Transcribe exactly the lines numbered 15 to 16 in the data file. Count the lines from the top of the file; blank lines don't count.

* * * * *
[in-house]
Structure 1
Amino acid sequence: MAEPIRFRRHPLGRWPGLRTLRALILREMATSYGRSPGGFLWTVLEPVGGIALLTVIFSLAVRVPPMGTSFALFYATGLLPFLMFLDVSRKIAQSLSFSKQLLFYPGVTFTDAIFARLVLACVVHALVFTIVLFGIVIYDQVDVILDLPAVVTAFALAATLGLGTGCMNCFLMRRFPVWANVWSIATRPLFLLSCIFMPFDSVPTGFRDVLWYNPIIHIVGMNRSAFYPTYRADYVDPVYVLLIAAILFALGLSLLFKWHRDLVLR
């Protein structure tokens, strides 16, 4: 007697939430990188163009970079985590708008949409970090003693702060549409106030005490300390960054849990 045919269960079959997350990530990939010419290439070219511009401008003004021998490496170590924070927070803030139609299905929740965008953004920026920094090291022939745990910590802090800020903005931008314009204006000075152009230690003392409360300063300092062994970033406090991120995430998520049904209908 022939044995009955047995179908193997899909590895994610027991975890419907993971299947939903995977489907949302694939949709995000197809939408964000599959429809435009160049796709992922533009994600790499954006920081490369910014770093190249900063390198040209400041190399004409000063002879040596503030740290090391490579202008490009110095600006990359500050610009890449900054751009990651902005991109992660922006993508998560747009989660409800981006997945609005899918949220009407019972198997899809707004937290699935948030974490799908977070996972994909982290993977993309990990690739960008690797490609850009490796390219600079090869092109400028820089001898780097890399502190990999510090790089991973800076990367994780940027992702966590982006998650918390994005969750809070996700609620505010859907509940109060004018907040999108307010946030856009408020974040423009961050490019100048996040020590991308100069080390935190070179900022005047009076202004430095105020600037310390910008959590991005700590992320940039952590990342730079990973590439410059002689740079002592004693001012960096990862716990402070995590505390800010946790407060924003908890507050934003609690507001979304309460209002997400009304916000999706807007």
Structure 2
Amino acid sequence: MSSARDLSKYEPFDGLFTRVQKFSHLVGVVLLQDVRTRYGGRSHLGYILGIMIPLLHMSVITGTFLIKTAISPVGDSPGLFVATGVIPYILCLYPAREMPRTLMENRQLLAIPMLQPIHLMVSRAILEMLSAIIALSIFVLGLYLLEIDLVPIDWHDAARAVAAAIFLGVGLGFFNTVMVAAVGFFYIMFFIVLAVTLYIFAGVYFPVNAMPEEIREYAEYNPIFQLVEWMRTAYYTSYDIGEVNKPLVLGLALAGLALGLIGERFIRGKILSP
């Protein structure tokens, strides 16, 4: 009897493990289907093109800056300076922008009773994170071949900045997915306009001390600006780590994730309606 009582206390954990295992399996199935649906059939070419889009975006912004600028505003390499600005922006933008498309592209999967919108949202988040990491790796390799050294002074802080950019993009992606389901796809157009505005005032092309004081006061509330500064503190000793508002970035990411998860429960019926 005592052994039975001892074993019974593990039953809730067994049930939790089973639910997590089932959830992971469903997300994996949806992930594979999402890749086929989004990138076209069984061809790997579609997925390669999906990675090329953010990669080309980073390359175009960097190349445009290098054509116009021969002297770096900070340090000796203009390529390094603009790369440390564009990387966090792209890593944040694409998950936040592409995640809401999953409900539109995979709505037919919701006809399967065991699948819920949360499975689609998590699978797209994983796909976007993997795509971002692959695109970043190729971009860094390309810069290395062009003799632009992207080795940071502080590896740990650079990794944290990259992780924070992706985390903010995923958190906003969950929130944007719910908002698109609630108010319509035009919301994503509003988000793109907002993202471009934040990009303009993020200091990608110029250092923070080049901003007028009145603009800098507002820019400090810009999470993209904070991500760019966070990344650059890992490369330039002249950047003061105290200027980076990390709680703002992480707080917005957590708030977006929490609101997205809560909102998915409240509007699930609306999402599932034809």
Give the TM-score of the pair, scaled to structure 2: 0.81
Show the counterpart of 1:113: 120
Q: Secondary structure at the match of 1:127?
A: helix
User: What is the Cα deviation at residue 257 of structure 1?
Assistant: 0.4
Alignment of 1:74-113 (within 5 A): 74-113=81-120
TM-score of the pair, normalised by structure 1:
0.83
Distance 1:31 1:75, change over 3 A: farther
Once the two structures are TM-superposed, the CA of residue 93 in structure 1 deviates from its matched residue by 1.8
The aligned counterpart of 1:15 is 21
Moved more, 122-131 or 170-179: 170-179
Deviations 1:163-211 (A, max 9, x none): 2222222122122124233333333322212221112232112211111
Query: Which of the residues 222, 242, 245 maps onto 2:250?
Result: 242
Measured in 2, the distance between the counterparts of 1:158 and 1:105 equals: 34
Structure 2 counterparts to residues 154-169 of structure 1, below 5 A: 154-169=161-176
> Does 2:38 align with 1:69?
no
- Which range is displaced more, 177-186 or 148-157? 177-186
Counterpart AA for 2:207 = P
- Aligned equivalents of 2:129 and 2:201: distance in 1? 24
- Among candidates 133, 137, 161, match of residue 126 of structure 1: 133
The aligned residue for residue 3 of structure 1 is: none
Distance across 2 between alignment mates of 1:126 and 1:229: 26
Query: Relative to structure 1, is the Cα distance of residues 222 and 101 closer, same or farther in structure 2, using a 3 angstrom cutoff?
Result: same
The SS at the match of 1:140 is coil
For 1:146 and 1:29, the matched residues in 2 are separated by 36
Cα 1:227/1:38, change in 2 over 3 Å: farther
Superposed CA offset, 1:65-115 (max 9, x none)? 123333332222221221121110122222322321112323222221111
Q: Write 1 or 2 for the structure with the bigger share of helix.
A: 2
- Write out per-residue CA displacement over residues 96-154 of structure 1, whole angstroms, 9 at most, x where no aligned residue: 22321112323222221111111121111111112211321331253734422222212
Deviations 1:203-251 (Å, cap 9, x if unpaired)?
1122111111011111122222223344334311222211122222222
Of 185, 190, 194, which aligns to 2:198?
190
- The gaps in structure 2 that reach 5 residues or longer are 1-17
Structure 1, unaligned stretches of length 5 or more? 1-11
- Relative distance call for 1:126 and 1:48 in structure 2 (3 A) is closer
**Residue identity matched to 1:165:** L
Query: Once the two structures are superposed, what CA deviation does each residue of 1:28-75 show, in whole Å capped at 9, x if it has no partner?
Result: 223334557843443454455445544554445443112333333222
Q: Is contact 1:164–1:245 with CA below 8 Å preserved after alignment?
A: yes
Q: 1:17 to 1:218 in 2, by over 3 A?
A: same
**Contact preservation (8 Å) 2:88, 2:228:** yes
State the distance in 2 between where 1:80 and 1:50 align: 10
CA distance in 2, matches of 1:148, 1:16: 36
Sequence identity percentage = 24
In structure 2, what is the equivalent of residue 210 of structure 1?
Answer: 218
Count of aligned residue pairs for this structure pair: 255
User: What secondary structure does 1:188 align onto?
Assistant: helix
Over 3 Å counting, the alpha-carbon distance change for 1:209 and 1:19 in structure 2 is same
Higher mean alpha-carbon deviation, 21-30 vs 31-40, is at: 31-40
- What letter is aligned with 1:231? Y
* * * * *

TM-score of the pair, normalised by structure 1:
0.83